After widespread outrage over Network Solutions' program of locking up domain registrations for the five-day grace period, ICANN says it's considering doing away with the grace period.
The move is an attempt to combat domain tasting, in which people register tons of domain names, see which ones gather some decent traffic and release the rest, says IDG.
"Right now you can go and register a million different names for five days and the cost is zero," ICANN media advisor Jason Keenan said. "If this [proposal] comes through, the cost is $1 for five [domains]. It really changes the fiscal model of tasting."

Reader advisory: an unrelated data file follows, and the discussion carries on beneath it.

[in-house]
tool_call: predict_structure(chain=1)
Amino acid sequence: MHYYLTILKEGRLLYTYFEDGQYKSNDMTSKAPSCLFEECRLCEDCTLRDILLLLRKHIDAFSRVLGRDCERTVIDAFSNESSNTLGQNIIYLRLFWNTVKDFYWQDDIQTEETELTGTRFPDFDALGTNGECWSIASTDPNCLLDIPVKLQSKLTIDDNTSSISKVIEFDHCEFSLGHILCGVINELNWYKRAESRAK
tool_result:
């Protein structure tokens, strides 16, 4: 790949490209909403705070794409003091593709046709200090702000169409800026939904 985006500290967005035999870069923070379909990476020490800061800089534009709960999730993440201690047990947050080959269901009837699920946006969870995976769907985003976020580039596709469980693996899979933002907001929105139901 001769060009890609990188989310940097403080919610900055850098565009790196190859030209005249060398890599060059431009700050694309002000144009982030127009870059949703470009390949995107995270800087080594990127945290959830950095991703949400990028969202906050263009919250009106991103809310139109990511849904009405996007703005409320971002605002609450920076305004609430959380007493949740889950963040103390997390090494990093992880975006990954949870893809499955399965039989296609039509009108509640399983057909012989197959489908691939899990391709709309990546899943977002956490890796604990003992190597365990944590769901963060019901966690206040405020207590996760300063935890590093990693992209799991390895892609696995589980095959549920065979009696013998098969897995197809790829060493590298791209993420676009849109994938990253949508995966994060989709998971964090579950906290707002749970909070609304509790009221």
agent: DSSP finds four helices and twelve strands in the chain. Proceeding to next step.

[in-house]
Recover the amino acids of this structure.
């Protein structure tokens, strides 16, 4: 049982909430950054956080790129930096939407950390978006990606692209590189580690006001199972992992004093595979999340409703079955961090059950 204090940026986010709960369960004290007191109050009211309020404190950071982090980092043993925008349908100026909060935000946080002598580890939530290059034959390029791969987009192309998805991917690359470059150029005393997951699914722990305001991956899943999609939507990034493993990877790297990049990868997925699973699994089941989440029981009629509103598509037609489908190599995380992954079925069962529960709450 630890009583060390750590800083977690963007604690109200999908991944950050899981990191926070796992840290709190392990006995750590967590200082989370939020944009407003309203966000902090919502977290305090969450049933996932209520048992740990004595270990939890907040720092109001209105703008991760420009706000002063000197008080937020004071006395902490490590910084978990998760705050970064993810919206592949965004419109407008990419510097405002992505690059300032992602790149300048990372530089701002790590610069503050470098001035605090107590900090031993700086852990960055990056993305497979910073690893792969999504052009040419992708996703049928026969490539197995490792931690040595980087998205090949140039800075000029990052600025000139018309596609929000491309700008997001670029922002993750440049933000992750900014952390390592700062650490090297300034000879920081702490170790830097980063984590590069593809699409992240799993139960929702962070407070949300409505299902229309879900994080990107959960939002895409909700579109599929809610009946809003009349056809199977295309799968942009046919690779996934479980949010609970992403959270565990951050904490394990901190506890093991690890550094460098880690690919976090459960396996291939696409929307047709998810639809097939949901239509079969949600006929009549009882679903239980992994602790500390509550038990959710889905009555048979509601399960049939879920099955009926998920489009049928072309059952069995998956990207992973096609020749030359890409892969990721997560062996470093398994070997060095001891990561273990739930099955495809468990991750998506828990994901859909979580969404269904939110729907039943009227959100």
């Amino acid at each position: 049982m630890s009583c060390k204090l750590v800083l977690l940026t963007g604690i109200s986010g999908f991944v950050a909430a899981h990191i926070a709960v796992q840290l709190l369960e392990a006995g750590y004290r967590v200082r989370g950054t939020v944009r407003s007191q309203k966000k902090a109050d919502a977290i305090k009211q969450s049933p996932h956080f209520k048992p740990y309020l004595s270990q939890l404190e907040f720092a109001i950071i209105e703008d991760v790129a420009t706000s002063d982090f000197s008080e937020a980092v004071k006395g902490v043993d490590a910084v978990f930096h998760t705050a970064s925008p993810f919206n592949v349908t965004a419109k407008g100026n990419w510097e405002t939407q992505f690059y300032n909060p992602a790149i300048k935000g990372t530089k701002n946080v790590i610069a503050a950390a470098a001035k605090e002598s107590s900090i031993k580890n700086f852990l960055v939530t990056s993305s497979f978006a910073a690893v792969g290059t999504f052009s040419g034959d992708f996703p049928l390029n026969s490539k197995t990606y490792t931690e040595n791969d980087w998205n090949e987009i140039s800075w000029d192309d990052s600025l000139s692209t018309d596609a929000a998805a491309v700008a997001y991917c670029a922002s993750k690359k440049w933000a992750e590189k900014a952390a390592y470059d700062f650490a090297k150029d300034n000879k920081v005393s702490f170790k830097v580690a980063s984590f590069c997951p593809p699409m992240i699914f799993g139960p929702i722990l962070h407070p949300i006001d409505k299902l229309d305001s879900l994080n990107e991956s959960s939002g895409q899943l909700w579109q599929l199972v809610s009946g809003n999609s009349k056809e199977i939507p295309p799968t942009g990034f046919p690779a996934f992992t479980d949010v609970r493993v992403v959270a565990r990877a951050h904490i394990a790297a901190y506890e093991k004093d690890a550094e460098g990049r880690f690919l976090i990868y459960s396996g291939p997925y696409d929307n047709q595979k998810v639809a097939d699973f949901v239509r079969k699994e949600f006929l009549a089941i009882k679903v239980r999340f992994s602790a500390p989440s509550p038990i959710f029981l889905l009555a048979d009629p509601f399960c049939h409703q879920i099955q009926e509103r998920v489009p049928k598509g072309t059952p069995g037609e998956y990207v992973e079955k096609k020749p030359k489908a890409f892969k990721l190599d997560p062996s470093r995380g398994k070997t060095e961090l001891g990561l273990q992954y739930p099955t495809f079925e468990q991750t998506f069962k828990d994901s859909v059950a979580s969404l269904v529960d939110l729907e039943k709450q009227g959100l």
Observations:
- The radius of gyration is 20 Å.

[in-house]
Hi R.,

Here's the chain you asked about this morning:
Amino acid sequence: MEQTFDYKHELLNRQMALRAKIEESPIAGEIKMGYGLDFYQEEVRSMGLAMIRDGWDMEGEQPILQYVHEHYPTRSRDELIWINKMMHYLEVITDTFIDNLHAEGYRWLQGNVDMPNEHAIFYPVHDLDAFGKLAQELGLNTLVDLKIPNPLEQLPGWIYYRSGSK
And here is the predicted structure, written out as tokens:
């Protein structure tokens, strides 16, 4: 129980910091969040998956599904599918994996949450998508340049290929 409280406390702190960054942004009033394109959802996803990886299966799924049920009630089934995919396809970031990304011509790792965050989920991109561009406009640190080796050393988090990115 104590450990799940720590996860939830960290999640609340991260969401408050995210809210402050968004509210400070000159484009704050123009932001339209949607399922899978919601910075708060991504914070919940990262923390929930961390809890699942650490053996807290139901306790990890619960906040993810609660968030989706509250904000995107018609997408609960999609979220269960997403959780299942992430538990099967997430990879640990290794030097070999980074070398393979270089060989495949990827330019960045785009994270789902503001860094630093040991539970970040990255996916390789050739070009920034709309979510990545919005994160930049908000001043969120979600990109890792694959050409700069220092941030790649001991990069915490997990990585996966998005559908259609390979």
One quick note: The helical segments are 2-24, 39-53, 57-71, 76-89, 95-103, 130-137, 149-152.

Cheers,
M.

An ICANN study in 2005 found a whopping 41 percent -- 700,000 -- of 1.7 million registrations -- were thrown back during the grace period. In Jan. 2007, 94 percent were deleted -- 48 million of 51 million registrations.
NetSol says its practice is designed to stop the tasting problem and will stop if ICANN makes this change.
"At that point, we believe that our customers would no longer need protection from front running," [NetSol's] Wade said in an e-mail.